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As lakes warm in the spring, largemouth bass move into shallow cover in coves, canals, and harbors. They seek warming water offered by these spots that also provide plentiful baitfish. Bass are eager to feed, but not yet aggressive in the cool water.
River currents prevent these waters from freezing when flatwater impoundments are ice-covered. With careful presentations, river largemouth can be caught. First, look for areas with minimal current where bass move for the winter. The upper ends of backwaters or dug-out ponds and harbors off the main river are prime locations.
One of the hottest tactics on the pro bass trail is working deep structure with jigworms, sometimes called shaky-head worming. Once it gets cold, largemouths favor steep rocky banks along the main body of the reservoir.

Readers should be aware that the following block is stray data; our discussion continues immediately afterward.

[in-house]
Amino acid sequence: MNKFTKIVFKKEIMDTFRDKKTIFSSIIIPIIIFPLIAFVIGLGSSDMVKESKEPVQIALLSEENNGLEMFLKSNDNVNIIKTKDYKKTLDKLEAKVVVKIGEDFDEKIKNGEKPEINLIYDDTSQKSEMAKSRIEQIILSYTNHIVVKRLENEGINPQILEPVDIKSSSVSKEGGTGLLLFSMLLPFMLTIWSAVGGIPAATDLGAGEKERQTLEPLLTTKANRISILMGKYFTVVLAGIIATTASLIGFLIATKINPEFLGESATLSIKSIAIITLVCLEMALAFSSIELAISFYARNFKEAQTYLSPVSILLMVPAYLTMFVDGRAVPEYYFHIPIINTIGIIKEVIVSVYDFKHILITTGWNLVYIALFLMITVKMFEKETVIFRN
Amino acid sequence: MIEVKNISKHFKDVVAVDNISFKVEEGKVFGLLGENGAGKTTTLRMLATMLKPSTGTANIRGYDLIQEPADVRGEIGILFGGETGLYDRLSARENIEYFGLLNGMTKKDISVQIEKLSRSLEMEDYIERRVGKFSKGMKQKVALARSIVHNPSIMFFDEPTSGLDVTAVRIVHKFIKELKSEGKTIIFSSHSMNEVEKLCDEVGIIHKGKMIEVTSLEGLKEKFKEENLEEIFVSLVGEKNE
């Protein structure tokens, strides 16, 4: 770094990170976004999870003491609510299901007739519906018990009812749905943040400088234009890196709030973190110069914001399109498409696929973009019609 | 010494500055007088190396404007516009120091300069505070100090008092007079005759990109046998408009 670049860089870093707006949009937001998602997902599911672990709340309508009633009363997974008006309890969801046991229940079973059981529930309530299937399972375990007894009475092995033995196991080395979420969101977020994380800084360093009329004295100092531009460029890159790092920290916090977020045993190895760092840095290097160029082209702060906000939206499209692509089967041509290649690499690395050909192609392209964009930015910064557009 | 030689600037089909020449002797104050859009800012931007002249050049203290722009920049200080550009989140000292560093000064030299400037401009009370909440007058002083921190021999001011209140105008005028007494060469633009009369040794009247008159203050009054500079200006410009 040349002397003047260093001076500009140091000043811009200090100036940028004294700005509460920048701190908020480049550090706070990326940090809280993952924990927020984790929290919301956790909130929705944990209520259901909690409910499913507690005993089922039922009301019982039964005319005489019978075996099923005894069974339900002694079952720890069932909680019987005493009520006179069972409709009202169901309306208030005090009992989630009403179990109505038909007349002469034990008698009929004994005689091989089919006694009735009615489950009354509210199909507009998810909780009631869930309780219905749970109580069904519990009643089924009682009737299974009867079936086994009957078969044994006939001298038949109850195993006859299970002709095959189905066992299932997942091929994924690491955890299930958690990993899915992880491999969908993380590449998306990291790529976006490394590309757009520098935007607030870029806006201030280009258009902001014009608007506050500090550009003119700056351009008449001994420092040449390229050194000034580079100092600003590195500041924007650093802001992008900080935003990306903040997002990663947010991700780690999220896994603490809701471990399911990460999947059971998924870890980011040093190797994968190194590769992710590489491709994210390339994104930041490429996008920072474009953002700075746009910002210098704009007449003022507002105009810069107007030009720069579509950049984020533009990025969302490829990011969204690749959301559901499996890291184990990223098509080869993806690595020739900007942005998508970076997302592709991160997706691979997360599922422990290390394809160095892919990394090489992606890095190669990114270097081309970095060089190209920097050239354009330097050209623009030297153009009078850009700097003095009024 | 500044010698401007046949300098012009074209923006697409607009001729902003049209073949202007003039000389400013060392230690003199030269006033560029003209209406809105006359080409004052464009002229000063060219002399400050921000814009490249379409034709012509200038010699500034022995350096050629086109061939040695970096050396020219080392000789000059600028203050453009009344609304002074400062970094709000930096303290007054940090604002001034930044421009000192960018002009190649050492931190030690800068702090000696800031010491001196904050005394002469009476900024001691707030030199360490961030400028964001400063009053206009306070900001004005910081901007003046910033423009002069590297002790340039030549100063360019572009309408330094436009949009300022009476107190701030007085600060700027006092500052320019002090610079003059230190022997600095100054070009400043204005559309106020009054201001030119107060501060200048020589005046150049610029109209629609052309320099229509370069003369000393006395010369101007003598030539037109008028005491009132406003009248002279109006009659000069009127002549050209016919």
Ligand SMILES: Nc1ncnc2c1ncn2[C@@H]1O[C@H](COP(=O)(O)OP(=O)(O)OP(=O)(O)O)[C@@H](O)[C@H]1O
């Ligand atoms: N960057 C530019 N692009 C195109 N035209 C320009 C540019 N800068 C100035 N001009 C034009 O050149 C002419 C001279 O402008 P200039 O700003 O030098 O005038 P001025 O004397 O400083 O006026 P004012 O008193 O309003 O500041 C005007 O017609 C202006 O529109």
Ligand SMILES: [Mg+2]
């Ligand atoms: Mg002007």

When water temperatures tumble below the low-40?F range, bass often move from mid-depth flats to more vertical structures. Fast-breaking edges allow bass to change depth easily, without traveling long distances.
Smallmouths can winter deep in reservoirs, down to 50 feet or deeper. Wherever 50-foot flats exist, that's where they'll be - whether it's in a creek arm or the main reservoir. The classic approach is to find them with sonar and work them with jigging
On my favorite spinnerbait, I add a 3 or 4" Gulp! chartreuse grub to enhance the catch rate of this versatile lure. Give me a Berkley 7" Ribbontail worm in june bug color and I can catch bass any where they swim. The 4" Gulp! Sinking Minnow has become my favorite lure on a Carolina rig.
Fall summons river bass to a major feast before winter sets in. Fish feel the urge to feed heavily, storing energy for the long cold period when activity is minimal. To make the most of this bite, key on ambush points in tributary creeks and backwaters, where groups of bass feed.